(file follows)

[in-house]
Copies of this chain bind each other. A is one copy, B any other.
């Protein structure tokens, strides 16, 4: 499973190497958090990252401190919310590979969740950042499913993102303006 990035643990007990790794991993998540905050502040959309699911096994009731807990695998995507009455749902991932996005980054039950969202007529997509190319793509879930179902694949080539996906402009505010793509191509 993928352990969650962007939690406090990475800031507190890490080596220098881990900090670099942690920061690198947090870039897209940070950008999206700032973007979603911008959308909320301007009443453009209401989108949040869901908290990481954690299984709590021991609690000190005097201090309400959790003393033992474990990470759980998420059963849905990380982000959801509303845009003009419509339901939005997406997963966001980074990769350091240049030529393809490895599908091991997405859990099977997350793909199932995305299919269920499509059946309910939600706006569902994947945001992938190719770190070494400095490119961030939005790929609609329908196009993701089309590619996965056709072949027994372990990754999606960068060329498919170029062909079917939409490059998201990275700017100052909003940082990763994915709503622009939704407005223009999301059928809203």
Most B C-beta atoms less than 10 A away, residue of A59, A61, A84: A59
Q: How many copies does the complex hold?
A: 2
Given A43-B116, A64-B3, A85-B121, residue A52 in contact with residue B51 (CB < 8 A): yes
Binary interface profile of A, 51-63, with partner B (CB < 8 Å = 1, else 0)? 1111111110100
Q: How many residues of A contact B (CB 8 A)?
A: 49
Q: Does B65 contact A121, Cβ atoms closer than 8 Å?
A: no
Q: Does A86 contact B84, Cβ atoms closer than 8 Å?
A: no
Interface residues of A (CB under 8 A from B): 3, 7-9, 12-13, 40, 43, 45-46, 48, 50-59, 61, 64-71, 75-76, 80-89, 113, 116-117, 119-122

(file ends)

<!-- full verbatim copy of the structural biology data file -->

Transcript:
[in-house]
Copies of this chain bind each other. A is one copy, B any other.
């Protein structure tokens, strides 16, 4: 499973190497958090990252401190919310590979969740950042499913993102303006 990035643990007990790794991993998540905050502040959309699911096994009731807990695998995507009455749902991932996005980054039950969202007529997509190319793509879930179902694949080539996906402009505010793509191509 993928352990969650962007939690406090990475800031507190890490080596220098881990900090670099942690920061690198947090870039897209940070950008999206700032973007979603911008959308909320301007009443453009209401989108949040869901908290990481954690299984709590021991609690000190005097201090309400959790003393033992474990990470759980998420059963849905990380982000959801509303845009003009419509339901939005997406997963966001980074990769350091240049030529393809490895599908091991997405859990099977997350793909199932995305299919269920499509059946309910939600706006569902994947945001992938190719770190070494400095490119961030939005790929609609329908196009993701089309590619996965056709072949027994372990990754999606960068060329498919170029062909079917939409490059998201990275700017100052909003940082990763994915709503622009939704407005223009999301059928809203």
Most B C-beta atoms less than 10 A away, residue of A59, A61, A84: A59
Q: How many copies does the complex hold?
A: 2
Given A43-B116, A64-B3, A85-B121, residue A52 in contact with residue B51 (CB < 8 A): yes
Binary interface profile of A, 51-63, with partner B (CB < 8 Å = 1, else 0)? 1111111110100
Q: How many residues of A contact B (CB 8 A)?
A: 49
Q: Does B65 contact A121, Cβ atoms closer than 8 Å?
A: no
Q: Does A86 contact B84, Cβ atoms closer than 8 Å?
A: no
Interface residues of A (CB under 8 A from B): 3, 7-9, 12-13, 40, 43, 45-46, 48, 50-59, 61, 64-71, 75-76, 80-89, 113, 116-117, 119-122